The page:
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Memories of a Legend

7308-pubThis month we present a guest editorial, an homage to a great athlete, bodybuilder and Iron Man cover man, Terry Robinson, by George and Tuesday Coates. 

I was first introduced to Terry Robinson by Bill Pearl and Leo Stern in the late 1960s, and I was immediately impressed by his appearance and friendly demeanor. His enthusiasm and zest for life were infectious and always drew a crowd. As the years rolled by, we became firm friends.

Born in Brooklyn, New York, in 1916, Terry was a natural athlete and won honors in track and field, baseball, football and swimming while in high school. Later he won the New York Police League Golden Gloves featherweight boxing title. After earning a degree from the Chiropractic Institute of New York, he rented a portion of George Bothner’s famous Manhattan Gym, where in addition to chiropractic services, he became a personal trainer to many show business personalities, including two of the greatest ever songwriters, Cole Porter and Lorenz Hart.

Terry served in the United States Army in World War II and as a staff sergeant was sent to the South Pacific to establish physical-training programs and conduct classes in deadly hand-to-hand combat. He also set up rehabilitation programs for the wounded. It seemed that Terry was destined to help people, which he did all of his long life.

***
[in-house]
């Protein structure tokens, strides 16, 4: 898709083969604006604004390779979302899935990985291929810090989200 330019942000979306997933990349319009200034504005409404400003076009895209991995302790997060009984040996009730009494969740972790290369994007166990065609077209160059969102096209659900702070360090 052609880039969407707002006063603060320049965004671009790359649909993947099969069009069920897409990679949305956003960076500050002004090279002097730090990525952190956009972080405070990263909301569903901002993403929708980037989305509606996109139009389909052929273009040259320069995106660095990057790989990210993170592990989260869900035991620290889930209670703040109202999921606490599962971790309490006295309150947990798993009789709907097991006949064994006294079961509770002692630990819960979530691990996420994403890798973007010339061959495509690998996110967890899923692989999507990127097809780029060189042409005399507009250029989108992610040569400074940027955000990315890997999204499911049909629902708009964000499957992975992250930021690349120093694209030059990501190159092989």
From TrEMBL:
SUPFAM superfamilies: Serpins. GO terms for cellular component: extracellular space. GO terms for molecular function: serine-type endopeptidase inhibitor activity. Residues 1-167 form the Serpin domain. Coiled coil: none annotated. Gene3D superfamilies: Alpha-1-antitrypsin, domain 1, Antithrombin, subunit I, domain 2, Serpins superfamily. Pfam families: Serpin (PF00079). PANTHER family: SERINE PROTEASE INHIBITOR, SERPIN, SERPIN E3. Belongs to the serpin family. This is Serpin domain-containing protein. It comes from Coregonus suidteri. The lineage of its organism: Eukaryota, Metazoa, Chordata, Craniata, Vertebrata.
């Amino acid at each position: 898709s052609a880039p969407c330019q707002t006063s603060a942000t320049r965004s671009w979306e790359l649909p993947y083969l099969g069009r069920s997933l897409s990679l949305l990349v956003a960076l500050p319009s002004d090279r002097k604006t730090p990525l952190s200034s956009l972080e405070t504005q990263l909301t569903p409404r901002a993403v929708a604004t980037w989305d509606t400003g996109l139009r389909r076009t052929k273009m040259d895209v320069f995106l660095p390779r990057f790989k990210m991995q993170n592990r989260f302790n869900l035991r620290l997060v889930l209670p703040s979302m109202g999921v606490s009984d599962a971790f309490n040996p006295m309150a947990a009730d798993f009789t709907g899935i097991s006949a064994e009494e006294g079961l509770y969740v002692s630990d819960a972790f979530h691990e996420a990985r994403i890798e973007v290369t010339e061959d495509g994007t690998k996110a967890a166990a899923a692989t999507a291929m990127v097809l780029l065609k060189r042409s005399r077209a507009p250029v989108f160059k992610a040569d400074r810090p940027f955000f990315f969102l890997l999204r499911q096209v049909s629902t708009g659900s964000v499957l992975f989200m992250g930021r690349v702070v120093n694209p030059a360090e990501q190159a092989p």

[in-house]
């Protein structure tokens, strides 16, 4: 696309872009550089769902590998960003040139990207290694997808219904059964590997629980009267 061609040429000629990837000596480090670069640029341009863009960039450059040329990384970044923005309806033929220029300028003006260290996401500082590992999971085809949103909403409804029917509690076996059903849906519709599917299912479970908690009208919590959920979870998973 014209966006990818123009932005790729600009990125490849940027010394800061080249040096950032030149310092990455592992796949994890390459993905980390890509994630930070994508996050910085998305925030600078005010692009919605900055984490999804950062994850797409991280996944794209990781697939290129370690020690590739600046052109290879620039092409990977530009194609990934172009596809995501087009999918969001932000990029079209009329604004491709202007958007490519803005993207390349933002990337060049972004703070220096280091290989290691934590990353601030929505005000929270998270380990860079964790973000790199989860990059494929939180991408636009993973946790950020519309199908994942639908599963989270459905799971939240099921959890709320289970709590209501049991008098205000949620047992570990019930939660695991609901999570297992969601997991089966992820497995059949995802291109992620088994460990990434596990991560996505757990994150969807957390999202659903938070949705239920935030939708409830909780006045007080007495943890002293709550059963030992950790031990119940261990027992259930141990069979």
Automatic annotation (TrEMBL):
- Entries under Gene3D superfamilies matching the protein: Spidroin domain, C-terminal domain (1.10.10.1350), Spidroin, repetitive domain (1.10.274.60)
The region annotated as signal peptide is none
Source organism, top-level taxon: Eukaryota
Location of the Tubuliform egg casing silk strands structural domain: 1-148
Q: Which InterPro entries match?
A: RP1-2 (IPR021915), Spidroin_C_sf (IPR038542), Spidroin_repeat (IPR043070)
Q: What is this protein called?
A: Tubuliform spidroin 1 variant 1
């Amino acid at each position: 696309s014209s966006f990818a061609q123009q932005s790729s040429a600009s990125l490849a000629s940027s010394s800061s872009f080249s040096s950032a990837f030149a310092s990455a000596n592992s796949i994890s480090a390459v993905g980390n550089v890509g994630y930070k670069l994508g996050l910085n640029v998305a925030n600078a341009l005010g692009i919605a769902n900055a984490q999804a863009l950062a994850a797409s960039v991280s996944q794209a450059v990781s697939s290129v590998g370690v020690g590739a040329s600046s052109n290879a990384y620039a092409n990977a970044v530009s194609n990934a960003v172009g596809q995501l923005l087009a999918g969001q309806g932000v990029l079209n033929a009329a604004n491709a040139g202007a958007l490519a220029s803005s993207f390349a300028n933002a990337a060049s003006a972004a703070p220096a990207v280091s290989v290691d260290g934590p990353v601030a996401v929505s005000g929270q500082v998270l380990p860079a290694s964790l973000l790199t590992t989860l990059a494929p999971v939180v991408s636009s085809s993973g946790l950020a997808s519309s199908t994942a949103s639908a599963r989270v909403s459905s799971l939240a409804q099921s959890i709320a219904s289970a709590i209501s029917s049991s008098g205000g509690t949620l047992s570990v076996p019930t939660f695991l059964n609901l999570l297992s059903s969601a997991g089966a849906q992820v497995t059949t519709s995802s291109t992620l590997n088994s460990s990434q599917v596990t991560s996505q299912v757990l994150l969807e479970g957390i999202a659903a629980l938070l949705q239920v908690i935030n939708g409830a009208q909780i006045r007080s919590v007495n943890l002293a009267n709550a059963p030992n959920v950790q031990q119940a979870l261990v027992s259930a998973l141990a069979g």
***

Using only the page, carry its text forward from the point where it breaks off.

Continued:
Terry won the ’48 AAU Mr. New York City title, and his pictures regularly appeared in the top bodybuilding magazines of the day. Late in 1948 he moved to California, where his reputation spread and he became “Trainer to the Stars” at Metro-Goldwyn-Mayer Studios, working with Clark Gable, Tyrone Power, Spencer Tracy, George C. Scott and many others. He was still training TV and movie people into his 80s and 90s, and until his retirement in his mid ’90s, he managed some of the best health clubs in Southern California, including The Beverly-Wilshire Health Club and the world famous Century West Club.

In the early 1950s the studio asked him to take the responsibility of training one of its biggest stars, Mario Lanza, who was a fabulous singer. Lanza had enjoyed the “good life” in Hollywood, resulting in huge bodyweight gains between films. Working with him became a full-time job. Terry actually moved in with the family, and he and Mario became best friends. Tragically, Lanza died in 1959 at the age of 38, with his wife dying just five months later. The courts awarded Terry guardianship of the four Lanza children, and he enjoyed being father to them. In 1980 Terry and Raymond Strait, a writer who achieved international recognition for his celebrity biographies, teamed up to write Lanza, His Tragic Life.

A multitalented individual, Terry was an accomplished artist in watercolor and oil; we cherish all the letters, notes and Christmas cards we have received that are adorned with his work and most of all the beautiful words he wrote.

When I asked Terry who was the most inspirational person in his life, he mentioned John Grimek, Mario Lanza, Jack LaLanne and a few others, but at the head of the list was his wife, Silvia. A promising ballet dancer, Silvia had been struck by a car driven by a drunk driver in the early 1970s, before they met. She spent the rest of her life in a wheelchair. Her sister, who worked at Terry’s club, told him of Silvia’s plight, and Terry asked her to bring Silvia to the club. It was love at first sight! Terry said that watching her battling physical and emotional pain without complaint all those years was the most inspiring part of his life.

Terry, I will miss seeing you, as well as our great phone conversations. Rest in peace, dear friend.  IM

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